In a time when adolescent girls are uploading videos of themselves titled, “Am I pretty or ugly?” to YouTube (yes, seriously), passionate, resilient female voices like “Girls” actress Lena Dunham speaking explicitly about her body—and that she doesn’t give a flying fork if you’re impressed by her weight loss—is more important than ever.
Last month, Dunham publicly appeared at fitness trainer Tracy Anderson’s NYC studio opening. This appearance elicited reactions such as Entertainment Tonight’s tweet: “Lena Dunham looked happy and healthy, showing off her slimmed-down frame at the Tracy Anderson studio opening!” and CNN Entertainment’s “@lenadunham is looking more svelte these days.”
That’s so warm and fuzzy, isn’t it? After all these years getting criticized for not showing off her rib cage, Dunham should be grateful for all the approval… right?
“Girls” creator and activist Lena Dunham posted this message on Instagram:
“I feel I’ve made it pretty clear over the years that I don’t give even the tiniest of shits what anyone else feels about my body. I’ve gone on red carpets in couture as a size 14. I’ve done sex scenes days after surgery, mottled with scars. I’ve accepted that my body is an ever changing organism, not a fixed entity- what goes up must come down and vice versa. I smile just as wide no matter my current size because I’m proud of what this body has seen and done and represented. Chronic illness sufferer. Body-shaming vigilante. Sexual assault survivor. Raging hottie. Just like all of YOU. Right now I’m struggling to control my endometriosis through a healthy diet and exercise. So my weight loss isn’t a triumph and it also isn’t some sign I’ve finally given in to the voices of trolls. Because my body belongs to ME–at every phase, in every iteration, and whatever I’m doing with it, I’m not handing in my feminist card to anyone.”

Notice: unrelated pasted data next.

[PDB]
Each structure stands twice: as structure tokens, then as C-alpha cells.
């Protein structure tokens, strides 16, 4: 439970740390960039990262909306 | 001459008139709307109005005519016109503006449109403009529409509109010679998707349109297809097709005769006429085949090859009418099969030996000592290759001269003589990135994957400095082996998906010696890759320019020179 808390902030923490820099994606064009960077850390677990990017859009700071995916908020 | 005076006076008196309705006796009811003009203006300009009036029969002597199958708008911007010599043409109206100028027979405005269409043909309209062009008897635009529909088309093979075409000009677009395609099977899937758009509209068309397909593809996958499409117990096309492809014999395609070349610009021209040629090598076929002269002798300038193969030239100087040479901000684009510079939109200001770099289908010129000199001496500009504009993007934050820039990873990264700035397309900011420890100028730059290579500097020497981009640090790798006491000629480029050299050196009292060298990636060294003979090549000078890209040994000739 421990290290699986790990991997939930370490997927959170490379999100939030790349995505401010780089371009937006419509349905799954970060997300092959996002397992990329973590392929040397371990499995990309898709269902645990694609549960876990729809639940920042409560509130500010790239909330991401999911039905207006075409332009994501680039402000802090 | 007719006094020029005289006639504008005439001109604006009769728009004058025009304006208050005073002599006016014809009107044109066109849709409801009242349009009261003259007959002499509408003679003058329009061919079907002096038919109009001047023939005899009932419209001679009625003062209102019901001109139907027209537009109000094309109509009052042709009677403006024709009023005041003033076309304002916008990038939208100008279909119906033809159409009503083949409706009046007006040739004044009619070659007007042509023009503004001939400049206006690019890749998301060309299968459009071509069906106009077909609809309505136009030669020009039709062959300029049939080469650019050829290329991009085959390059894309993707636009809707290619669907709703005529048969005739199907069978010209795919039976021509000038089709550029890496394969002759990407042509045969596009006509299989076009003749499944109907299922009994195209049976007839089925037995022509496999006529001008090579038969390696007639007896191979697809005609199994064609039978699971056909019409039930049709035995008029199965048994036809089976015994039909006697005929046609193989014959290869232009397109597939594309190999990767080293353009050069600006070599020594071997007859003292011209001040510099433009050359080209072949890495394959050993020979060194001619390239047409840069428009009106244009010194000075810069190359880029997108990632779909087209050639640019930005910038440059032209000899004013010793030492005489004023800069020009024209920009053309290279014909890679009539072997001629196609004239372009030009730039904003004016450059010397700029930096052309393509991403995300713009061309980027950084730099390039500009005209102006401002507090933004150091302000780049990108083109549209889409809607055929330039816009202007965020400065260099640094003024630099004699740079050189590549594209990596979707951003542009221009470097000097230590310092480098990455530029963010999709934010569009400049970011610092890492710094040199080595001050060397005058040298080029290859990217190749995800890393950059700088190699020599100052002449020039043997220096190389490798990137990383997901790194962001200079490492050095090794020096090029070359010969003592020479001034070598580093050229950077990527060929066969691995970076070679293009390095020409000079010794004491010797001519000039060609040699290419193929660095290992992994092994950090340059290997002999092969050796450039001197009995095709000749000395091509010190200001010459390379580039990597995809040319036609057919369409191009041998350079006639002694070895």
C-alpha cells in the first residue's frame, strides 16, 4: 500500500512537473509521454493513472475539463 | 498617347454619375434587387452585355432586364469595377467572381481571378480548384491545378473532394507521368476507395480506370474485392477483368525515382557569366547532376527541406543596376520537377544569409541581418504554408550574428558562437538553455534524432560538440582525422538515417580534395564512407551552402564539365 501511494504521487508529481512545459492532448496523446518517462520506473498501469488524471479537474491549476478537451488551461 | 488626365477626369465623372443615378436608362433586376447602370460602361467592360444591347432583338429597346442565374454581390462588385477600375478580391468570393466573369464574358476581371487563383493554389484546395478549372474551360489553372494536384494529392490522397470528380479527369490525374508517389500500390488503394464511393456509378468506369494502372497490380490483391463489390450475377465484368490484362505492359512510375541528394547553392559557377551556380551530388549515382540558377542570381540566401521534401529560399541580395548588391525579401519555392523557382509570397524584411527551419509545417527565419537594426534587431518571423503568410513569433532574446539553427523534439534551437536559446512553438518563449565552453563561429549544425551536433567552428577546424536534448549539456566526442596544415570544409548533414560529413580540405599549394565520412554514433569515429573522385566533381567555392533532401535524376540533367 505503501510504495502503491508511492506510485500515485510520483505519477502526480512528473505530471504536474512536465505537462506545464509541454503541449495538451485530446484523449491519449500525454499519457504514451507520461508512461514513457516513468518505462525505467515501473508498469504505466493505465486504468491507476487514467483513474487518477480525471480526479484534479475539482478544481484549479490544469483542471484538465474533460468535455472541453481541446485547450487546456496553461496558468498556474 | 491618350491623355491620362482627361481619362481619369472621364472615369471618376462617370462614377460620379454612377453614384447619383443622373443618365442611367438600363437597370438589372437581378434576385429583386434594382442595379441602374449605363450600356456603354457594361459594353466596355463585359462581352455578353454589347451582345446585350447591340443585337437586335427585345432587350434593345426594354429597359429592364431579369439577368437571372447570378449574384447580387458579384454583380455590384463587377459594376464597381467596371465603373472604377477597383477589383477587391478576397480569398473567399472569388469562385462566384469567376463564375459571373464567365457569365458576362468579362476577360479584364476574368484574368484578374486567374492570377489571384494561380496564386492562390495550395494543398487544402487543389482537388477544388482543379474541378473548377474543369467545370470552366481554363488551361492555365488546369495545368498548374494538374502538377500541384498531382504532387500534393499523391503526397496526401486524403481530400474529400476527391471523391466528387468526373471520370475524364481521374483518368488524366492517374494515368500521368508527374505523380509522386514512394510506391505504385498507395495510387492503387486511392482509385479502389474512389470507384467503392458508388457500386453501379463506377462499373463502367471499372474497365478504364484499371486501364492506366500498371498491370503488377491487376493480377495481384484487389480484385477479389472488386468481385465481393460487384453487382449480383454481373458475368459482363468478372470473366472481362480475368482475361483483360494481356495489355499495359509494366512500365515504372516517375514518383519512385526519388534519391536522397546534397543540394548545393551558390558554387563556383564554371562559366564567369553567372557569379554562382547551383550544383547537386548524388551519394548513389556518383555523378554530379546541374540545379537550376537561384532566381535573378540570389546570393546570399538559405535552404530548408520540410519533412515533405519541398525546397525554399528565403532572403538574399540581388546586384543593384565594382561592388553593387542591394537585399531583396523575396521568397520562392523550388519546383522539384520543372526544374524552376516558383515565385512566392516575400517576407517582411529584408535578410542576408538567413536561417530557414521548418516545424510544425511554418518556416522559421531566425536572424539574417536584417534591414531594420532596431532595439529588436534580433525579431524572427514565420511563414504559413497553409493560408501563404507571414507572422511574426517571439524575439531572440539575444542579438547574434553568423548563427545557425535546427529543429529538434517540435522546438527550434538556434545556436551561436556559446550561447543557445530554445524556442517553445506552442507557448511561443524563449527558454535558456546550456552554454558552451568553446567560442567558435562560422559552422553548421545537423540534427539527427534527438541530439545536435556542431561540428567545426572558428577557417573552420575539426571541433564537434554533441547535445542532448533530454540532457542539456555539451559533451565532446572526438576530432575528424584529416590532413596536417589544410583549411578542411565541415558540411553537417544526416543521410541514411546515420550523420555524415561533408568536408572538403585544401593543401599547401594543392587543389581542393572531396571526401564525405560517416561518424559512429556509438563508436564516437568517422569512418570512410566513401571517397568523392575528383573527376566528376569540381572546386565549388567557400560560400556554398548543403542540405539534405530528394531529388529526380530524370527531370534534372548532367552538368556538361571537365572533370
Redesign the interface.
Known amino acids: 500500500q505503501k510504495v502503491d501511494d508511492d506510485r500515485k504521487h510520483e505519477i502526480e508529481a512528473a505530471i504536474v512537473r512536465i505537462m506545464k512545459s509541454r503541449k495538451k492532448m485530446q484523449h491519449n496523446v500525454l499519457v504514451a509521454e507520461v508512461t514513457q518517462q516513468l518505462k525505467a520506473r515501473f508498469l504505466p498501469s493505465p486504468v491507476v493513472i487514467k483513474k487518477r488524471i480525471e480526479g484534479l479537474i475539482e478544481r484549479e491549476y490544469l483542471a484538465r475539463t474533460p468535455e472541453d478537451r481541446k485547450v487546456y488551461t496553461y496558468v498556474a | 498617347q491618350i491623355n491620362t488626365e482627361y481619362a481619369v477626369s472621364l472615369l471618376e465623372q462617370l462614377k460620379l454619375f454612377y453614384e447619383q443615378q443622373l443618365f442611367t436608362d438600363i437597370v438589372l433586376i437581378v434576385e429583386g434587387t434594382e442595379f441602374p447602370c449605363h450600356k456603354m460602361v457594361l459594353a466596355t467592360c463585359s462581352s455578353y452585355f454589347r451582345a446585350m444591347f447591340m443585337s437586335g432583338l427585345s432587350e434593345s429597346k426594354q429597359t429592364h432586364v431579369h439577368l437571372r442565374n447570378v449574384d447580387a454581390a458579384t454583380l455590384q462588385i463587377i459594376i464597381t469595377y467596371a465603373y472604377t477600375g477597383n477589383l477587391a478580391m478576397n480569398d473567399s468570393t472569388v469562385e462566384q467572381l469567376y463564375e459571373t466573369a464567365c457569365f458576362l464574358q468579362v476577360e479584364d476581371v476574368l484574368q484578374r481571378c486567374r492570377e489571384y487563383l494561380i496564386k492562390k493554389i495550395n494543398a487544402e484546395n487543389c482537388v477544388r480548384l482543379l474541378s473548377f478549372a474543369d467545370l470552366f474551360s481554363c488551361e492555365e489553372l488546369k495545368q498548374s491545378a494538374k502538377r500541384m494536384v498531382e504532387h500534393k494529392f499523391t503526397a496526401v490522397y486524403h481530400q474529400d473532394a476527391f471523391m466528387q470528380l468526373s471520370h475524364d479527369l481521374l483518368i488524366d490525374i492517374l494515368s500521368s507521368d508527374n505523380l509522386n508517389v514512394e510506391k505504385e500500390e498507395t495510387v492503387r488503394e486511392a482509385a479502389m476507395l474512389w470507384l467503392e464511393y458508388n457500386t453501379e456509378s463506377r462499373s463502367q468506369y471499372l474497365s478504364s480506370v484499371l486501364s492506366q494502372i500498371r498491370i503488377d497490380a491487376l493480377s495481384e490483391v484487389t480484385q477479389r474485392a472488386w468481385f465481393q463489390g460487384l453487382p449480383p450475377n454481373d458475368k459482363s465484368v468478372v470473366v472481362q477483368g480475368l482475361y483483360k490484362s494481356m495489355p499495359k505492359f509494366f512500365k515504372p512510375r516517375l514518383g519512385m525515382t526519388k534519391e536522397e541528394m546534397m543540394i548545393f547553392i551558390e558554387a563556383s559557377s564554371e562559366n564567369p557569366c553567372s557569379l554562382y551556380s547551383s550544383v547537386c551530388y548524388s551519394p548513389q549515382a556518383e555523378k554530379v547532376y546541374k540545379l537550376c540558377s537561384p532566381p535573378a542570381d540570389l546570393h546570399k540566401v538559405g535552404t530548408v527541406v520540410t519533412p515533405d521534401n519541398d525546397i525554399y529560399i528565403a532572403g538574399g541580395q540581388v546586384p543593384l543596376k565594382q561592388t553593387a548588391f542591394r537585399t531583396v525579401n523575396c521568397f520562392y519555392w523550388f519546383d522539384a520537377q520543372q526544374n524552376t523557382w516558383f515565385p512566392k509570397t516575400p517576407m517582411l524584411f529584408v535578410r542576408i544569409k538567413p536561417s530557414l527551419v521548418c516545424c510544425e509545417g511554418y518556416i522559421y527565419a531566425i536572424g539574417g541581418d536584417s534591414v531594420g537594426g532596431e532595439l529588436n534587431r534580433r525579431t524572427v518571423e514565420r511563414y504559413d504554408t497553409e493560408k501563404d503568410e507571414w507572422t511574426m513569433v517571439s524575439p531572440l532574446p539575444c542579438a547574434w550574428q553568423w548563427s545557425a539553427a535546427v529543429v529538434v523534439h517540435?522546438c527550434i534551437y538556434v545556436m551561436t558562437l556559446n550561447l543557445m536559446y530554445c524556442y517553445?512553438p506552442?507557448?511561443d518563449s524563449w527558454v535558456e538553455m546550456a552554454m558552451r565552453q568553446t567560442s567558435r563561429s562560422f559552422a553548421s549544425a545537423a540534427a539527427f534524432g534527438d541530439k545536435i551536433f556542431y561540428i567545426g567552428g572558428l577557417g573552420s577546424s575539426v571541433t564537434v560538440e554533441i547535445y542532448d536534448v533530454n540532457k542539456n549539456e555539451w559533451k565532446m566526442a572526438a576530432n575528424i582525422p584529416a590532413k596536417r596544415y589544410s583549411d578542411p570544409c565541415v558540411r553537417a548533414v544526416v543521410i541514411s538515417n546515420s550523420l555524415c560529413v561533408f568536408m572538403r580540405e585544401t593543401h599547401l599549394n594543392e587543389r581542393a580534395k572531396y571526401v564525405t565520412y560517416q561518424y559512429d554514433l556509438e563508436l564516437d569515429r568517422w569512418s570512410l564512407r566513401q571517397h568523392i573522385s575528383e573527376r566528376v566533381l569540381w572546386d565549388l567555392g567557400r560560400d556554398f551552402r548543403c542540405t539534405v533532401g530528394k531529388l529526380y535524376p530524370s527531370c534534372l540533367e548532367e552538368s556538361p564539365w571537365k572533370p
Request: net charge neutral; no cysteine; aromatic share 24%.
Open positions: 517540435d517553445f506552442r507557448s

Whether or not she intended to, Dunham’s comment raises a few noteworthy points. First, complimenting someone on their looks assumes that will make them happy—or taking it even further, it assumes the person has everything they want. “We have this knowledge, in media especially, that your appearance represents who you are; it’s your label and your branding,” says Dr. Frieda Birnbaum, PhD, research psychologist and psychoanalyst. “This is why the first thing people say to make you feel good is to compliment you on your looks. They think they’re doing you a favor by orientating you to that direction.”
But clearly, that’s not always the case. Take Dunham for example. She expressly reached out to Tracy Anderson to help her become strong, particularly due to her struggles with endometriosis, a painful condition where the uterine lining grows outside of the uterus. Her intent was never to lose weight (especially not to satisfy the body shamers)—it was simply a byproduct of her efforts to find strength in managing and coping with a disruptive medical ailment. So, praising her for weight loss doesn’t mean anything. Instead, why don’t we laud her for opening up about her fight, giving hope to others who share the same experience?
On top of that, being skinny or getting thinner doesn’t necessarily equate to health. Dr. Birnbaum reminds us everyone is genetically dispositioned to have a certain body frame, but there are too many people attempting to meet the unhealthy expectations of media. In fact, she says, many women who achieve a newfound slenderness find themselves missing their monthly periods because they aren’t eating enough and therefore, not getting sufficient nutrition. In some cases, the health consequences are even worse. Doesn’t sound like something you should commend.
So what is a good way to compliment someone? First, note that nobody has absolutely everything going for them, advises Dr. Birnbaum. For example, some people are innately more athletic; others are not. Some people resemble runway models, while the rest of us don’t. Some of us are mathematically inclined; others can barely function with a calculator. In other words, there is no point in comparing two human beings to determine one’s worth.
Bearing that in mind, highlight something that has nothing to do with appearances so the person can identify themselves in a positive way. Focus on accomplishments and the content of their character. They’re not hard to find. Whether it’s the fact they finally made room in their schedule to clean their house, inspired you to start listening to classical music, or won the Nobel Prize, there’s always something positive you can say that doesn’t place value on one’s outer shell.
That way, you can have something nice to say all the time—no matter what dress size they are. The number doesn’t represent much anyway. As Dunham wrote, the “body is an ever-changing organism, not a fixed entity.” And definitely not something that requires your opinion.
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